"Anger at Risen also endured at the CIA, where officials have loathed his way of flipping over their rocks. Former head CIA lawyer John Rizzo singles out Risen for condemnation in a memoir this year, writing that inside the agency 'he has had a reputation for being irresponsible and sneaky.' State of War, which depicted the agency's leadership as inept and dangerous, only stoked that antipathy."
Thanks for this, Norman. Very helpful. I can clearly understand how Risen could rub Administration officials, past and current, the wrong way. So, let's see what we've got: Jeffrey Sterling, a CIA insider/whistleblower and Risen, who's painted Bush, Obama, the CIA and our national security apparatus in an uncomplimentary light. Sterling is still behind bars. Washington has spent literally years pursuing Risen. And has anyone paid the price for ill-advised or illegal operations and unwarranted domestic surveillance that has been uncovered over the last few years?
Actually, Sterling isn't behind bars. At the outset, when he was arrested in early January 2011 after indictment, the Justice Department tried to keep him imprisoned -- claiming that he had "underlying selfish and vindictive motivations" and that it was "incomprehensible to believe that [Sterling] will not retaliate in the same deliberate, methodical, vindictive manner." This was a classic official effort to demonize a whistleblower from the outset. In this case, the prosecution was projecting government behavior onto him; after all, the CIA and Justice Department had gone after Sterling in what could be described as a deliberate, methodical, vindictive manner.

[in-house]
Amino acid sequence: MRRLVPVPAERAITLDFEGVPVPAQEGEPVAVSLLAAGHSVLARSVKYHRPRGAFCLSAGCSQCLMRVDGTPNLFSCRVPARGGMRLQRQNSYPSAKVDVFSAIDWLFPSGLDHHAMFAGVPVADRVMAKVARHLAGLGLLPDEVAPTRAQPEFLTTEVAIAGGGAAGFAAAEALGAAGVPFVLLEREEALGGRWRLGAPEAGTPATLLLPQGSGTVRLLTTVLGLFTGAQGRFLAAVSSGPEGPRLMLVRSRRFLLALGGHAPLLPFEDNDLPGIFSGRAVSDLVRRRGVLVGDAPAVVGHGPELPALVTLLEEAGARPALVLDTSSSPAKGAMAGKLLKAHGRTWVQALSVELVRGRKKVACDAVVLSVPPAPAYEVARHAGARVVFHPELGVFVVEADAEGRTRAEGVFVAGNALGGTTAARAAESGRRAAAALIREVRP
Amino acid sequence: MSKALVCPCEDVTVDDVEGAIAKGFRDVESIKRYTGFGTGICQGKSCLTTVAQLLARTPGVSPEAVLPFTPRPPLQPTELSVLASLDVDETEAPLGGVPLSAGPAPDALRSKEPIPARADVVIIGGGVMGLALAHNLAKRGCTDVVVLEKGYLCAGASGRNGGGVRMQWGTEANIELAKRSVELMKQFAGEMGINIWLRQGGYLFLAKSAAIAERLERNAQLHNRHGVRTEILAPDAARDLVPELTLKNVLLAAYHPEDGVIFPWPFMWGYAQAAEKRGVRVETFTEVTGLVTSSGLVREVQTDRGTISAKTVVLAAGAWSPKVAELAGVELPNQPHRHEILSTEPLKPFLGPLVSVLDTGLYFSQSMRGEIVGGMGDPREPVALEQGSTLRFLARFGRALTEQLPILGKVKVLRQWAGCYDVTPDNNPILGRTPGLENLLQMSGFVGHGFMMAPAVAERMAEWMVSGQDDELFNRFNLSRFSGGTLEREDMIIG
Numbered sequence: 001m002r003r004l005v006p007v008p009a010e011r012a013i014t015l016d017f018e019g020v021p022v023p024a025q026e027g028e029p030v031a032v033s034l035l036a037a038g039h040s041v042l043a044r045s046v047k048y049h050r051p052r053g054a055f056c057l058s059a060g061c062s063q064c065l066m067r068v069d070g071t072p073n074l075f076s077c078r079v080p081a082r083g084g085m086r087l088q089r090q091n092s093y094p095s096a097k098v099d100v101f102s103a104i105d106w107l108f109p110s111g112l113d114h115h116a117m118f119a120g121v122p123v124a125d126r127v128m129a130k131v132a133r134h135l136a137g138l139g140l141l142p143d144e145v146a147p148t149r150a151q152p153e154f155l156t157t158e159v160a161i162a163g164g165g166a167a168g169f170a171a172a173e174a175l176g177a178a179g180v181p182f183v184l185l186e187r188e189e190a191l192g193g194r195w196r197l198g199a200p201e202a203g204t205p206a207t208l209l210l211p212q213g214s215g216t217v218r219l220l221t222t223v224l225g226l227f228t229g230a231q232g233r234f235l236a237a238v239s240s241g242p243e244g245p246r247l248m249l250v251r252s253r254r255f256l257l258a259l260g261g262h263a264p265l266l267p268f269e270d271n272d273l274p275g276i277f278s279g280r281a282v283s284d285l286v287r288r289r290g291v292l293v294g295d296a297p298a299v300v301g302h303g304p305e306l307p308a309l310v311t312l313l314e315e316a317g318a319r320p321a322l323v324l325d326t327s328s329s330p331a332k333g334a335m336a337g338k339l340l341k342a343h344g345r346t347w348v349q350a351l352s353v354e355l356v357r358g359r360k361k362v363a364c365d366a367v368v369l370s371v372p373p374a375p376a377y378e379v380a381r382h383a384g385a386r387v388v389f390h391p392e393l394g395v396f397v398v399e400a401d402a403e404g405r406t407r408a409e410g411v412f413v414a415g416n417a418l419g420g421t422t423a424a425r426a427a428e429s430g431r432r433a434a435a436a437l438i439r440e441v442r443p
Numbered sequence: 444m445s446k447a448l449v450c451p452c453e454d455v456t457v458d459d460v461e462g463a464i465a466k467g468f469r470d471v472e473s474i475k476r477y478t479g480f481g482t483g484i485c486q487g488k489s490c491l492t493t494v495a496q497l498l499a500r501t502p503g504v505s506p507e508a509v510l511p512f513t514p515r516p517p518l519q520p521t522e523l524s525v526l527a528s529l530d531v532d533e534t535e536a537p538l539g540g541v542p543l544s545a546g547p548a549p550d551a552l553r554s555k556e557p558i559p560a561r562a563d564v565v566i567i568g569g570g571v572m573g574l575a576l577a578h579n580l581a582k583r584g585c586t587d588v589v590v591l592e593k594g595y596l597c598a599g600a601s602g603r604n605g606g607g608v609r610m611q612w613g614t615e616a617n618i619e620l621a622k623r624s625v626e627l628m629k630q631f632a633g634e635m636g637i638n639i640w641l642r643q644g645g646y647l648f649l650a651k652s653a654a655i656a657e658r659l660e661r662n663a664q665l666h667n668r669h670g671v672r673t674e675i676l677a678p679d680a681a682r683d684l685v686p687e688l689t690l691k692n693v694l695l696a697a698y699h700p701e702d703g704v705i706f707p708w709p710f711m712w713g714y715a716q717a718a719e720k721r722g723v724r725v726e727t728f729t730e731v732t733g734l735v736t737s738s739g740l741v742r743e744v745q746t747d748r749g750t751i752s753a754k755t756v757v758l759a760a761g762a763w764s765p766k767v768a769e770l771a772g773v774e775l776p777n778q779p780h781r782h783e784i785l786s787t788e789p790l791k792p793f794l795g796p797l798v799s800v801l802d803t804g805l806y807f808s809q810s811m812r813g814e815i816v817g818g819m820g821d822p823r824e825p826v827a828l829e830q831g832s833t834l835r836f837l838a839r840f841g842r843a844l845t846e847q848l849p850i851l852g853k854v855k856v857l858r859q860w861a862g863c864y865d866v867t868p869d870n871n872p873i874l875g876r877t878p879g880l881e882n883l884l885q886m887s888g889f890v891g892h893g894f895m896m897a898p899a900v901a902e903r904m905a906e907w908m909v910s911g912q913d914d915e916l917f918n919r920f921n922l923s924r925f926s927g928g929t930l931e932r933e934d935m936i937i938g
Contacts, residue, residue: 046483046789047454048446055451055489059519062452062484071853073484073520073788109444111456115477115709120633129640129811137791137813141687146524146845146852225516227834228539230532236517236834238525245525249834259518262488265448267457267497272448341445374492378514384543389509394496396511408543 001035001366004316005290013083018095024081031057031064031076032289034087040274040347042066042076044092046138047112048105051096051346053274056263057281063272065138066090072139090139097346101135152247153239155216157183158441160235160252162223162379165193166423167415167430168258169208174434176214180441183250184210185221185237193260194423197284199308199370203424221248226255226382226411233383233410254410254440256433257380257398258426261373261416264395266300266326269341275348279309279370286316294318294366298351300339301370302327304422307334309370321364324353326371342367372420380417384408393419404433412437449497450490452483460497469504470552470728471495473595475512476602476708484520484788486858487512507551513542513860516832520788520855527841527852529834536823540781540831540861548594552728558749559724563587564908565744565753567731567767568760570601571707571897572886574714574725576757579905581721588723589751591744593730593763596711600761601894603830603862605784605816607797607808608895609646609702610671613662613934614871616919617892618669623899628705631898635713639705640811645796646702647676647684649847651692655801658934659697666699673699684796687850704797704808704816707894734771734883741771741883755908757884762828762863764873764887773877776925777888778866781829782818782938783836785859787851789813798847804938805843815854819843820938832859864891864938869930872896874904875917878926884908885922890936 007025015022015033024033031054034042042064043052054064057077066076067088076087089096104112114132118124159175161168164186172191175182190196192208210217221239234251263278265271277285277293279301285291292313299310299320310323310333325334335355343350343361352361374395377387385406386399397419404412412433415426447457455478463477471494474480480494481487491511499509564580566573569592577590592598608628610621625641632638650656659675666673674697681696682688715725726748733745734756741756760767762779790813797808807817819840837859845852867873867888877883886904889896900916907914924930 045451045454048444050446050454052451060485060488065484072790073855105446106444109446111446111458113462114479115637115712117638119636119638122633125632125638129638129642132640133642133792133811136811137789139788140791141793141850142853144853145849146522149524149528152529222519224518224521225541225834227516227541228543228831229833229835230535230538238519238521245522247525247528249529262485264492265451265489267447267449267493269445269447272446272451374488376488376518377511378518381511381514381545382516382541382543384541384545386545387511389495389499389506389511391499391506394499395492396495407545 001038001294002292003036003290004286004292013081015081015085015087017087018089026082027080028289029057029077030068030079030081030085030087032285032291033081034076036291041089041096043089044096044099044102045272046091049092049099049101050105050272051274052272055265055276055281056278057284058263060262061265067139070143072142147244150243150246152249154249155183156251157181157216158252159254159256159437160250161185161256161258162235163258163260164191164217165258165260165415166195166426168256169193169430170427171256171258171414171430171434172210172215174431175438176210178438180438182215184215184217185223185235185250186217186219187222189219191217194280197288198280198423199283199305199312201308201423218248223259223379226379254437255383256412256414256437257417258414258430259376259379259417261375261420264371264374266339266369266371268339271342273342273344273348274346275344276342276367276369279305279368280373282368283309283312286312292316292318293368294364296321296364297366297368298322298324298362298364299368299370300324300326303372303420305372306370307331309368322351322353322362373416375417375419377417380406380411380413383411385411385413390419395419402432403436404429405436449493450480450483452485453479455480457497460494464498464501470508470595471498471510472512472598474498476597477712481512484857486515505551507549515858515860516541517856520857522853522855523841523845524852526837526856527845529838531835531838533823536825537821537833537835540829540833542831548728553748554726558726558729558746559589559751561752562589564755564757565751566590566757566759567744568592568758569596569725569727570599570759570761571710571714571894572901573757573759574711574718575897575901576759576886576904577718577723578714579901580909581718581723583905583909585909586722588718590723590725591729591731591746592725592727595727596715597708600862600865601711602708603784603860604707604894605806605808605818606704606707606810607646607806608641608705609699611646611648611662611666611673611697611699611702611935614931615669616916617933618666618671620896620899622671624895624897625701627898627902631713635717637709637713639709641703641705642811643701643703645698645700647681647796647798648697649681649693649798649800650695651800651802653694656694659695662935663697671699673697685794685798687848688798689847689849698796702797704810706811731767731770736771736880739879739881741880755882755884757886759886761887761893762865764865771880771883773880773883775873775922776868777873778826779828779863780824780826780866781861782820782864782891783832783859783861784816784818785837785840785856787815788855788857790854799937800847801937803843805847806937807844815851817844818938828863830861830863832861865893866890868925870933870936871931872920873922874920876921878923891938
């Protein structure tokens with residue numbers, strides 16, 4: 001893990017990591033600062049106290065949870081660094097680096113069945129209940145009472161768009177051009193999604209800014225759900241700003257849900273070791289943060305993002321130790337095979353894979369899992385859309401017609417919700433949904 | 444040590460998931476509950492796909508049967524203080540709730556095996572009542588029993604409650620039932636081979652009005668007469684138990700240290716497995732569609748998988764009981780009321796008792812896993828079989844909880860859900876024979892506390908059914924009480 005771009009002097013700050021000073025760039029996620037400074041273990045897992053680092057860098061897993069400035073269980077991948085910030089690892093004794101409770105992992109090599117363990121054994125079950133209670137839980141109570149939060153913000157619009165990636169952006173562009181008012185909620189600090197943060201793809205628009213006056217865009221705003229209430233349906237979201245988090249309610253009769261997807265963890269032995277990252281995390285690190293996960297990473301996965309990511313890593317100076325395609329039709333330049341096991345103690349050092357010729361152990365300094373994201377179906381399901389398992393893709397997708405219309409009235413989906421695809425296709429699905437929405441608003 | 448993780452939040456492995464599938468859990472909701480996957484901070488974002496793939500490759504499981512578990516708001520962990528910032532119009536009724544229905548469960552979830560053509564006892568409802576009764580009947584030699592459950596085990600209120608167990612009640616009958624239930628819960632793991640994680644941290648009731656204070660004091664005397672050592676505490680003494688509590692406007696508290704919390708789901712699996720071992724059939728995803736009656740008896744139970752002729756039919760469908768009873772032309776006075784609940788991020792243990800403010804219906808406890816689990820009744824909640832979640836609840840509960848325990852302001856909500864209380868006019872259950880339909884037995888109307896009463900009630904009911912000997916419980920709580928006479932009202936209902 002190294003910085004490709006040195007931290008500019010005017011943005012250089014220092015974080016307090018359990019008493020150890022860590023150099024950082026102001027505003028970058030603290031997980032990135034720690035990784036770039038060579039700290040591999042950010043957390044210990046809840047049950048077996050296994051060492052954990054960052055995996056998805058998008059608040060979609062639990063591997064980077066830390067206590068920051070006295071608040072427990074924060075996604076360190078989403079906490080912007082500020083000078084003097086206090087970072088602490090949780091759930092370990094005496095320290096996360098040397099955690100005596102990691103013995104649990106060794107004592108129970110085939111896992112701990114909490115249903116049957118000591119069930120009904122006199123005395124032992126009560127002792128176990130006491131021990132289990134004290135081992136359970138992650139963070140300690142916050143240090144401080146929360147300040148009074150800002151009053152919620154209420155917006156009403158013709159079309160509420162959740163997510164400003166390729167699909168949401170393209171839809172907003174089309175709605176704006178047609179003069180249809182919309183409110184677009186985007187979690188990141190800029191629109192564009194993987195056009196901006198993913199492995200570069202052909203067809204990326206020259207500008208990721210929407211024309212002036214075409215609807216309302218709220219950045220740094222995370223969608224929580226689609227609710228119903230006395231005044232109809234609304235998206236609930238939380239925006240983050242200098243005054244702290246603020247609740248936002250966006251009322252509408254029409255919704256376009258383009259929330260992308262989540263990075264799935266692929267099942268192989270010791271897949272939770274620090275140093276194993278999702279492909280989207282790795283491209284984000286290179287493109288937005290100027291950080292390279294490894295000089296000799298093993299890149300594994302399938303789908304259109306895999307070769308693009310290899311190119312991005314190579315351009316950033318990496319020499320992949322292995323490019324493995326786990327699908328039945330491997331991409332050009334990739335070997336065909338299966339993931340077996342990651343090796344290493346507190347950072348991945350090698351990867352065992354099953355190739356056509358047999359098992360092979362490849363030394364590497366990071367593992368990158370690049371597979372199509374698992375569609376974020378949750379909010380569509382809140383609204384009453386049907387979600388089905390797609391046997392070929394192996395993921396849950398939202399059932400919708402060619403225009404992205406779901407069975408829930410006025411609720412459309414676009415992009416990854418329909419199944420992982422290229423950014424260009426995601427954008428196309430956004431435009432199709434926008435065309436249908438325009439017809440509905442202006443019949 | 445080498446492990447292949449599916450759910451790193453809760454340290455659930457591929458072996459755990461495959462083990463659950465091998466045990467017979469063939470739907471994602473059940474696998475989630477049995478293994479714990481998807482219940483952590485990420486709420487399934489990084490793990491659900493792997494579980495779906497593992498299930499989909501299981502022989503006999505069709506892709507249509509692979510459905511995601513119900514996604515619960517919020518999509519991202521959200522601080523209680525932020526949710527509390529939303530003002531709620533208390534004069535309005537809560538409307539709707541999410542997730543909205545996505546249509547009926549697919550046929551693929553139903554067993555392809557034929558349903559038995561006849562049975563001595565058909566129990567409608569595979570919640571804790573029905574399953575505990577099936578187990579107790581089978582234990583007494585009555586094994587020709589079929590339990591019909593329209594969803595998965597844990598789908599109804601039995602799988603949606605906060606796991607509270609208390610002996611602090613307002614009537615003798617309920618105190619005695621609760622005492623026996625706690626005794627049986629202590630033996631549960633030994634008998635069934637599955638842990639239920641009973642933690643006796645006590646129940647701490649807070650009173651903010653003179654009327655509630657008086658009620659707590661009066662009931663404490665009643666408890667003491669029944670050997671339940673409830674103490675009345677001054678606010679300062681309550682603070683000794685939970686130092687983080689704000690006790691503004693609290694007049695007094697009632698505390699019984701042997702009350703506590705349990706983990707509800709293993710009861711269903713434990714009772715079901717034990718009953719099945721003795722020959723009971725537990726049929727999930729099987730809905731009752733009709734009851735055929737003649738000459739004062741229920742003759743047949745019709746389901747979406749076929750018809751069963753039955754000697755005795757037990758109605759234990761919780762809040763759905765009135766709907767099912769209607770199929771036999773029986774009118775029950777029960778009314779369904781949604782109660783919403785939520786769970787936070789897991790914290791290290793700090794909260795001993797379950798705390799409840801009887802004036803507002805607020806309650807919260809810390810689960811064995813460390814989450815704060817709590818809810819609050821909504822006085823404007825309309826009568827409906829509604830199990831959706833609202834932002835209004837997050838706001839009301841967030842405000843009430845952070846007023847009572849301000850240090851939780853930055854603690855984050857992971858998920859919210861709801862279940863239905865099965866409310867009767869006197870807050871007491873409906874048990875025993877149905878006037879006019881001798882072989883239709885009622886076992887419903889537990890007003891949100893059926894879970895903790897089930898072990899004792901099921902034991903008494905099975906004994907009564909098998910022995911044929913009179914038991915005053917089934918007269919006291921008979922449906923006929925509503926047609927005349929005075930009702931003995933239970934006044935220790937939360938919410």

The Justice Department told the court that "the cost to national security and the danger posed to lives of certain individuals is simply too high not to require the defendant's detention." To the court's credit, that argument didn't fly, and during four years of pre-trial maneuvers he's been out of jail. But, no surprise, he's had difficulty finding gainful employment.
No one at the CIA has been penalized for lies, torture, summary executions and random killings with drones. But a former CIA analyst and case officer, John Kiriakou, is currently serving a 30-month prison sentence for providing news media with information about the CIA's torture program.
Likewise, at the NSA, top officials have deceived without penalty. Infamously, just three months before Snowden's revelations began in June 2013, the Director of National Intelligence, James Clapper, lied to the Senate Intelligence Committee when he denied that the NSA was collecting data on millions of Americans. No penalty for Clapper either.
I've worked with enough whistleblowers over the years to recognize the pattern, Norman. It saddens but does not surprise me. Everything is upside down: the whistleblowers are punished for getting the truth out and the Bad Guys go about their business, lying and worse, with impunity. What can we look forward to with Sterling's trial? And what about Risen?